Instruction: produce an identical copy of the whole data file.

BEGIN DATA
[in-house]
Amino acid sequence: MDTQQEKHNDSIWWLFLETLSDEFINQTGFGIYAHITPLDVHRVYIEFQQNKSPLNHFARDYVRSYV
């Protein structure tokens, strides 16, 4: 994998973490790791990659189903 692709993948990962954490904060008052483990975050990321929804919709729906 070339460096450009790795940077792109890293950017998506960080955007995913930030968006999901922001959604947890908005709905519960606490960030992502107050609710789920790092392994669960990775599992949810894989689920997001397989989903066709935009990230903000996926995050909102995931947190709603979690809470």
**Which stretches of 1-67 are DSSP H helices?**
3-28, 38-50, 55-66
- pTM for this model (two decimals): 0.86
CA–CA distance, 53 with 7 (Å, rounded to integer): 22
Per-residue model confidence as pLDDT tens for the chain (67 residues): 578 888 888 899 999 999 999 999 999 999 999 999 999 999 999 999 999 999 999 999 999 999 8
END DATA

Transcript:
[in-house]
Amino acid sequence: MDTQQEKHNDSIWWLFLETLSDEFINQTGFGIYAHITPLDVHRVYIEFQQNKSPLNHFARDYVRSYV
């Protein structure tokens, strides 16, 4: 994998973490790791990659189903 692709993948990962954490904060008052483990975050990321929804919709729906 070339460096450009790795940077792109890293950017998506960080955007995913930030968006999901922001959604947890908005709905519960606490960030992502107050609710789920790092392994669960990775599992949810894989689920997001397989989903066709935009990230903000996926995050909102995931947190709603979690809470």
**Which stretches of 1-67 are DSSP H helices?**
3-28, 38-50, 55-66
- pTM for this model (two decimals): 0.86
CA–CA distance, 53 with 7 (Å, rounded to integer): 22
Per-residue model confidence as pLDDT tens for the chain (67 residues): 578 888 888 899 999 999 999 999 999 999 999 999 999 999 999 999 999 999 999 999 999 999 8